Filtering in Frequency Domain 6 cycles in 100 ms = 60 cycles in 1000 ms You can use any frequency response function you want There also phase shift values for each frequency

Filtering in Time Domain

Running-Average Filter (AKA Boxcar Filter) Note: Increasing p produces both greater filtering and a reduction in temporal precision

General Time-Domain Filter Instead of taking the average of the p points, we use a weighted average, giving nearby points greater weight W is the weighting function Example: W-1 =. 25, W 0 =. 50, W+1 =. 25 Gaussian function is common Running-average filter uses equal weights (. 33, . 33)

Impulse-Response Function • Up to this point, we have been thinking about time-domain filtering from the point of view of calculating the filtered value at a given point in time - Filtered value at time t = weighted average of unfiltered values at surrounding time points • We can also think of filtering from the point of view of how the unfiltered value at time t influences the whole set of filtered time points - Key: Filters are linear (for FIR filters) - If we see the filter’s output for a single point, we can predict it’s output for the whole waveform

Impulse-Response Function (IRF) The impulse-response function of a filter is the output of the filter when the input is a brief impulse Filter Output (Impulse Response Function) Filter Input (Impulse)

Impulse-Response Function (IRF) The impulse-response function of a filter is the output of the filter when the input is a brief impulse Filter Output (Impulse Response Function) Filter Input (Impulse) IRF amplitude is proportional to impulse amplitude (IRF area = impulse height) IRF duration is constant

Impulse-Response Function (IRF) Filter Input (Continuous ERP Waveform)

Impulse-Response Function (IRF) One Impulse Filter Input (Series of Impulses) Filter Output for This Impulse (Scaled and Shifted IRF) Each IRF is not actually as tall as the corresponding impulse (IRF area = impulse height)

Impulse-Response Function (IRF) These scaled responses simply sum together (This is what it means when we say that the filter is “linear”) Each IRF is not actually as tall as the corresponding impulse (IRF area = impulse height)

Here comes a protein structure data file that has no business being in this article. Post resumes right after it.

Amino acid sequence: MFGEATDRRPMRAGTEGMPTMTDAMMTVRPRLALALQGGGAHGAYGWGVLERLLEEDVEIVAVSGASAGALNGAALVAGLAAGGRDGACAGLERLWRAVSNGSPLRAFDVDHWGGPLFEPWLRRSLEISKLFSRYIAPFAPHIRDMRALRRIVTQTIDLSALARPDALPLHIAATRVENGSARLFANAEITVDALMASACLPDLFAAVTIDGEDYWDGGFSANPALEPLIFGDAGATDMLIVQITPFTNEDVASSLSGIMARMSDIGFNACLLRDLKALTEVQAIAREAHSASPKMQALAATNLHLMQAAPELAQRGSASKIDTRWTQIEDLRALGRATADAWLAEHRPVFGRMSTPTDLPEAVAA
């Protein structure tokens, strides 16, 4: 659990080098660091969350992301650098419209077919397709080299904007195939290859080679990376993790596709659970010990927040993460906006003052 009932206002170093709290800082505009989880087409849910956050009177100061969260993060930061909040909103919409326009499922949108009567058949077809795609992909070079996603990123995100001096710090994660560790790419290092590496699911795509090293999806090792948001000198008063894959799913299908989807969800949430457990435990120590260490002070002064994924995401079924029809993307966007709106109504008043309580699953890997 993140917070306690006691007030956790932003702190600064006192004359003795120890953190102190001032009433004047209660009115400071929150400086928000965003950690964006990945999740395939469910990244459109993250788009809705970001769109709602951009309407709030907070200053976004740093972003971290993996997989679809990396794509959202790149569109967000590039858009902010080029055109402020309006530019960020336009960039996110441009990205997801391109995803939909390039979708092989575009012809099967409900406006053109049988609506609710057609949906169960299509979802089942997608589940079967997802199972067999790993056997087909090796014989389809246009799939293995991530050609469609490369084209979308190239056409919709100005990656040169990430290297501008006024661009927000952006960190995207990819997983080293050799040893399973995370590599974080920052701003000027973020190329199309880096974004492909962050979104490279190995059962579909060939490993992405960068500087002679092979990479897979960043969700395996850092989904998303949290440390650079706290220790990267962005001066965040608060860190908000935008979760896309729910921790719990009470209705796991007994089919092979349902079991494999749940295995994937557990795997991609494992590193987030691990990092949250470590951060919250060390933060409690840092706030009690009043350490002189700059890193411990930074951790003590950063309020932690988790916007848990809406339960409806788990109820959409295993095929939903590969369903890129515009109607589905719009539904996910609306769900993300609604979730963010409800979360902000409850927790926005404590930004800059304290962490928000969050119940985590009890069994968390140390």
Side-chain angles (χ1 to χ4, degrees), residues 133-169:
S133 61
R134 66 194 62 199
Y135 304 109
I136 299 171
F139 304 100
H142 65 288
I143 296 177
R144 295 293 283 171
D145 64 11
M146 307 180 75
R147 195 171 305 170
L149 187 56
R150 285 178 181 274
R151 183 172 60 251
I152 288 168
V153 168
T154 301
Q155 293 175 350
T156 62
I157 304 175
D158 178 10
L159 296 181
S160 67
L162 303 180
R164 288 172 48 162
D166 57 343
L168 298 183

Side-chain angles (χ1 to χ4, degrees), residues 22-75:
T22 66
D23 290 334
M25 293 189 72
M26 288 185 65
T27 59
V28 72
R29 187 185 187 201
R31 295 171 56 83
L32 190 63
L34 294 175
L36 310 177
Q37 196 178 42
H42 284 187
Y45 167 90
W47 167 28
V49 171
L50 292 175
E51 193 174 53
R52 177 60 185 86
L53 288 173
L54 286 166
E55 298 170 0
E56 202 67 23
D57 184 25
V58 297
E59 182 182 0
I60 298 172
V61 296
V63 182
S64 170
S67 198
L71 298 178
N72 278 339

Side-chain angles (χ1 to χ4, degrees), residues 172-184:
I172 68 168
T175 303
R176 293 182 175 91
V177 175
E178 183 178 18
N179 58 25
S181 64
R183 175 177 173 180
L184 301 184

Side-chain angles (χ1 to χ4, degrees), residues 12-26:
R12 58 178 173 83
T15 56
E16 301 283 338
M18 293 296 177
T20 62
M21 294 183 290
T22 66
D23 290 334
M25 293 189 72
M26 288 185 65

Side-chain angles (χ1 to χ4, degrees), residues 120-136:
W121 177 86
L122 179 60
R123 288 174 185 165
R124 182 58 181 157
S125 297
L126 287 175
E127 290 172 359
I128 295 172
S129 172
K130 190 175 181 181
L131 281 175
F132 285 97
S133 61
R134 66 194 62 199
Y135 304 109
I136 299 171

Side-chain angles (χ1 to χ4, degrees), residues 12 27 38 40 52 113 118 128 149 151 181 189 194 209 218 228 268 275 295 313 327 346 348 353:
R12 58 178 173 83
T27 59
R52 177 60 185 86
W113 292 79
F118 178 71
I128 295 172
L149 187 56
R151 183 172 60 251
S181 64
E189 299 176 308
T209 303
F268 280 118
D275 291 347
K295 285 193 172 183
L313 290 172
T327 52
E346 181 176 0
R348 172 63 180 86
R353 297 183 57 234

Impulse-Response Function (IRF) With a digital filter, the IRF can extend both forward and backward in time These scaled responses simply sum together (This is what it means when we say that the filter is “linear”) Each IRF is not actually as tall as the corresponding impulse (IRF area = impulse height)

IRF vs. Weighting Function Weighting function = IRF reflected about time zero 1 0. 9 0. 8 IRF = effect of a given unfiltered value on the surrounding filtered values 0. 7 0. 6 0. 5 0. 4 0. 3 0. 2 0. 1 0 -60 -40 -20 0 20 40 60 Weighting function = effect of the surrounding unfiltered values on a given filtered value

Relations Among Filter Methods Relation between weighting and convolution: Weighting- Each point in the filtered waveform is the average of the surrounding points, weighted by this function Convolution- Replace each point in the unfiltered waveform with a scaled and shifted copy of this function Relation to filtering in the frequency domain: Convolution in the time domain = Multiplication in the frequency domain These three filtering methods are mathematically identical (same steps in a different order)

Convolution & Multiplication

Convolution & Multiplication

Examples of Low-Pass Filters Impulse-Response Function Frequency-Response Function Original & Filtered Waveforms Fourier Transform Inverse Fourier Transform Sudden transitions of impulse-response function lead to “side lobes” in frequency-response function This can be used to have a zero point at a particular frequency (e. g. , 60 Hz)

Examples of Low-Pass Filters Impulse-Response Function Frequency-Response Function Original & Filtered Waveforms Sudden transitions of impulse-response function lead to “side lobes” in frequency-response function This can be used to have a zero point at a particular frequency

Examples of Low-Pass Filters Impulse-Response Function Frequency-Response Function Original & Filtered Waveforms Fourier Transform Inverse Fourier Transform Gradual changes in Gaussian impulse-response function lead to smooth, monotonic rolloff Gaussian is optimal trade-off between precision in the time and frequency domains

Examples of Low-Pass Filters Impulse-Response Function Frequency-Response Function Original & Filtered Waveforms Fourier Transform Inverse Fourier Transform Gradual changes in Gaussian impulse-response function lead to smooth cutoff Boxcar Gaussian is optimal trade-off between precision in the time and frequency domains

Examples of Low-Pass Filters Impulse-Response Function Frequency-Response Function Original & Filtered Waveforms This is a “causal” filter: It’s impulse-response function is zero prior to time zero. Most digital filters are “non-causal. ” Analog filters in EEG amplifiers are causal Causal filters tend to increase ERP latencies (phase shift)